Puerto Rico’s governor raised the U.S. territory’s official death toll from Hurricane Maria from 64 to 2,975 on Tuesday after an independent study found that the number of people who succumbed in the desperate, sweltering aftermath had been severely under-counted.
The new estimate of nearly 3,000 dead in the six months after Maria devastated the island in September 2017 and knocked out the entire electrical grid was made by researchers with the Milken Institute School of Public Health at George Washington University.
“We never anticipated a scenario of zero communication, zero energy, zero highway access,” Gov. Ricardo Rossello told reporters. “I think the lesson is to anticipate the worst. … Yes, I made mistakes. Yes, in hindsight, things could’ve been handled differently.”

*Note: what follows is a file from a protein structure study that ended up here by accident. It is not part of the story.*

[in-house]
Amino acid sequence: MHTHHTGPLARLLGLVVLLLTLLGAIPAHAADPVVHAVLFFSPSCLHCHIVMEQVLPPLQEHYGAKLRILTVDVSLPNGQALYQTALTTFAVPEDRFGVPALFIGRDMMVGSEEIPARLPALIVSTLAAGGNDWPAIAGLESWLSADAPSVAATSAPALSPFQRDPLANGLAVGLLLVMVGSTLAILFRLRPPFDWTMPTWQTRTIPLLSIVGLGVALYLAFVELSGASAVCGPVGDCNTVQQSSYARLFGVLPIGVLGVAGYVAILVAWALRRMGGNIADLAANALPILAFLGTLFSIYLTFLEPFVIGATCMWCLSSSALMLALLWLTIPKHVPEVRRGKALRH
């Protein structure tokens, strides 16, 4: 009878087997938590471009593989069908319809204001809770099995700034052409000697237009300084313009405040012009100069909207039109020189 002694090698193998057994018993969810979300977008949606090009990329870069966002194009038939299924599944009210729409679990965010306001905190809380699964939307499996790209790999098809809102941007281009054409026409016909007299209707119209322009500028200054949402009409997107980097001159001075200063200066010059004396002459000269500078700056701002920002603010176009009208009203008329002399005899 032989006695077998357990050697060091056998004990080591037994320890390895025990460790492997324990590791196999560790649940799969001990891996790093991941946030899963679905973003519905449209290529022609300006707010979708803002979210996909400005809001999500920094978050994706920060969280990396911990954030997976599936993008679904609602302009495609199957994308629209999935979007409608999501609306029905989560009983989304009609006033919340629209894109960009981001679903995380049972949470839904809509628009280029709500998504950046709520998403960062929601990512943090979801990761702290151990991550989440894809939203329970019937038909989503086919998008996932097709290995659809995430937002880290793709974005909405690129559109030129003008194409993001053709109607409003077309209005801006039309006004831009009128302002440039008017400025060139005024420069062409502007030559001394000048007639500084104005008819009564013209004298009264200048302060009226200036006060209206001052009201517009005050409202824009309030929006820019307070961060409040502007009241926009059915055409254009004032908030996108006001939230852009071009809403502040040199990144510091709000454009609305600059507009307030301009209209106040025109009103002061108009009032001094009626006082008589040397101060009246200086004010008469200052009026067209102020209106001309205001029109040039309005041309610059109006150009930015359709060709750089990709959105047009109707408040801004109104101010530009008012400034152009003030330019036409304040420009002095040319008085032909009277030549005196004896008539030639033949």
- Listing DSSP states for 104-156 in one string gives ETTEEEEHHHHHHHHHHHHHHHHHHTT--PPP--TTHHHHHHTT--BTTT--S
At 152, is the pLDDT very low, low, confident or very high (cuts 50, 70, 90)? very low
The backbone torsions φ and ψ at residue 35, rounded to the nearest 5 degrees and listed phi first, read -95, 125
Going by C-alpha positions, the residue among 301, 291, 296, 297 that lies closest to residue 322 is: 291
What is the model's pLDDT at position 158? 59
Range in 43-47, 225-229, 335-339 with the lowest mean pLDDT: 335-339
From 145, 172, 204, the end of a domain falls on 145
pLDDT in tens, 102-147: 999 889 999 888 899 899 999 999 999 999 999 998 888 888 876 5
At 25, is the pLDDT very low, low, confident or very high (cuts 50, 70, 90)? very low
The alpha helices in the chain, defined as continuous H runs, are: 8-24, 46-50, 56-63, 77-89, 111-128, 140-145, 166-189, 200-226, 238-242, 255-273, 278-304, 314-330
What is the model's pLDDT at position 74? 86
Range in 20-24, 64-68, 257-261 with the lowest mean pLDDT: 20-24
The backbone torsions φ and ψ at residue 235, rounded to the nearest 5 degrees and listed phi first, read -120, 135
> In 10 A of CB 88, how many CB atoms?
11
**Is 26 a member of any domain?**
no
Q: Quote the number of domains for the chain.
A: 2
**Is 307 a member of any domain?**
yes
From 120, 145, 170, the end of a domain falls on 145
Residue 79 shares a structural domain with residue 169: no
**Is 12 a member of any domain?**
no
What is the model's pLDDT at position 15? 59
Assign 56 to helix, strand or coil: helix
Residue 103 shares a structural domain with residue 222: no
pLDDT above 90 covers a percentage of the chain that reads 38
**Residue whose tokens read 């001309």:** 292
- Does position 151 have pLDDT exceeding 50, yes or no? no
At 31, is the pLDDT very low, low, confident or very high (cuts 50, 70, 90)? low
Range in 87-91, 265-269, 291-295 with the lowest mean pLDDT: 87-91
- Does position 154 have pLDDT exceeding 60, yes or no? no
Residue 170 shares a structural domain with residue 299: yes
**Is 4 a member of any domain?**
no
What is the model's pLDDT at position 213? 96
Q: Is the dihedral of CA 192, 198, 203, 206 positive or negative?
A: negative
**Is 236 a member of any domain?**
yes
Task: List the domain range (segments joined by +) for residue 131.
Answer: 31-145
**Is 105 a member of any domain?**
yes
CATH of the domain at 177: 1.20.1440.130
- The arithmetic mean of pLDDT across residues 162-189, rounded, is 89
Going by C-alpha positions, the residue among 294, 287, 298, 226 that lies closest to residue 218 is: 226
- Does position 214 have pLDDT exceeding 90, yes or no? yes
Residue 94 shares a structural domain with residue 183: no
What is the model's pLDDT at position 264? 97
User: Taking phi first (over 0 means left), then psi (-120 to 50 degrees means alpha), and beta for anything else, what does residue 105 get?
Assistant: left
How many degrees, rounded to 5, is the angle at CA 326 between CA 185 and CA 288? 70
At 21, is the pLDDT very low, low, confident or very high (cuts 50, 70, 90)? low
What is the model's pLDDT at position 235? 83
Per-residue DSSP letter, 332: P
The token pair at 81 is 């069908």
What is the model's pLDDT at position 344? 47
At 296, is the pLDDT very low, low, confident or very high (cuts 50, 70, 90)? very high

He said he is creating a commission to study the hurricane response, and a registry of people vulnerable to the next hurricane, such as the elderly, the bedridden and kidney dialysis patients. Rossello acknowledged Puerto Rico remains vulnerable to another major storm. He said the government has improved its communication systems and established a network to distribute food and medicine, but he noted that there are still 60,000 homes without a proper roof and that the power grid is still unstable.
“A lesson from this is that efforts for assistance and recovery need to focus as much as possible on lower-income areas, on people who are older, who are more vulnerable,” said Lynn Goldman, dean of the Milken institute.
Tuesday’s finding is almost twice the government’s previous estimate, included in a recent report to Congress, that there were 1,427 more deaths than normal in the three months after the storm.